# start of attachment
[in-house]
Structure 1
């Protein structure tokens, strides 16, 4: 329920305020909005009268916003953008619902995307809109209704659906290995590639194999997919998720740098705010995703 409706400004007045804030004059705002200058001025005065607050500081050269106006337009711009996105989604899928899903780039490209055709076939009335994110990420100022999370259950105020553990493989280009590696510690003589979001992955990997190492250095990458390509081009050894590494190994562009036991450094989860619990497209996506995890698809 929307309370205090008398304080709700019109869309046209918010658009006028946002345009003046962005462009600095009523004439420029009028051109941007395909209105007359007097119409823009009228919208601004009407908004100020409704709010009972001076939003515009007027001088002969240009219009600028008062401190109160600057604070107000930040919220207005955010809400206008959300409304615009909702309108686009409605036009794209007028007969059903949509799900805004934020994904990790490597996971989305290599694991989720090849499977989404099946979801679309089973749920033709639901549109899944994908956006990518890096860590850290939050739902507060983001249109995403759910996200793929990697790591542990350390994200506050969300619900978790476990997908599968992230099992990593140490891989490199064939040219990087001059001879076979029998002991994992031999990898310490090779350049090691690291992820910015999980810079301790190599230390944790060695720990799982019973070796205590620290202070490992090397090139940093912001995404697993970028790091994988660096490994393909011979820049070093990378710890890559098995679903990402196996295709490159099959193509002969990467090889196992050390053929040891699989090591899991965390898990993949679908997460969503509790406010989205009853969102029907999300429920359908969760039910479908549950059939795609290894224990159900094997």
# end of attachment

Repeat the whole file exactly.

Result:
[in-house]
Structure 1
């Protein structure tokens, strides 16, 4: 329920305020909005009268916003953008619902995307809109209704659906290995590639194999997919998720740098705010995703 409706400004007045804030004059705002200058001025005065607050500081050269106006337009711009996105989604899928899903780039490209055709076939009335994110990420100022999370259950105020553990493989280009590696510690003589979001992955990997190492250095990458390509081009050894590494190994562009036991450094989860619990497209996506995890698809 929307309370205090008398304080709700019109869309046209918010658009006028946002345009003046962005462009600095009523004439420029009028051109941007395909209105007359007097119409823009009228919208601004009407908004100020409704709010009972001076939003515009007027001088002969240009219009600028008062401190109160600057604070107000930040919220207005955010809400206008959300409304615009909702309108686009409605036009794209007028007969059903949509799900805004934020994904990790490597996971989305290599694991989720090849499977989404099946979801679309089973749920033709639901549109899944994908956006990518890096860590850290939050739902507060983001249109995403759910996200793929990697790591542990350390994200506050969300619900978790476990997908599968992230099992990593140490891989490199064939040219990087001059001879076979029998002991994992031999990898310490090779350049090691690291992820910015999980810079301790190599230390944790060695720990799982019973070796205590620290202070490992090397090139940093912001995404697993970028790091994988660096490994393909011979820049070093990378710890890559098995679903990402196996295709490159099959193509002969990467090889196992050390053929040891699989090591899991965390898990993949679908997460969503509790406010989205009853969102029907999300429920359908969760039910479908549950059939795609290894224990159900094997």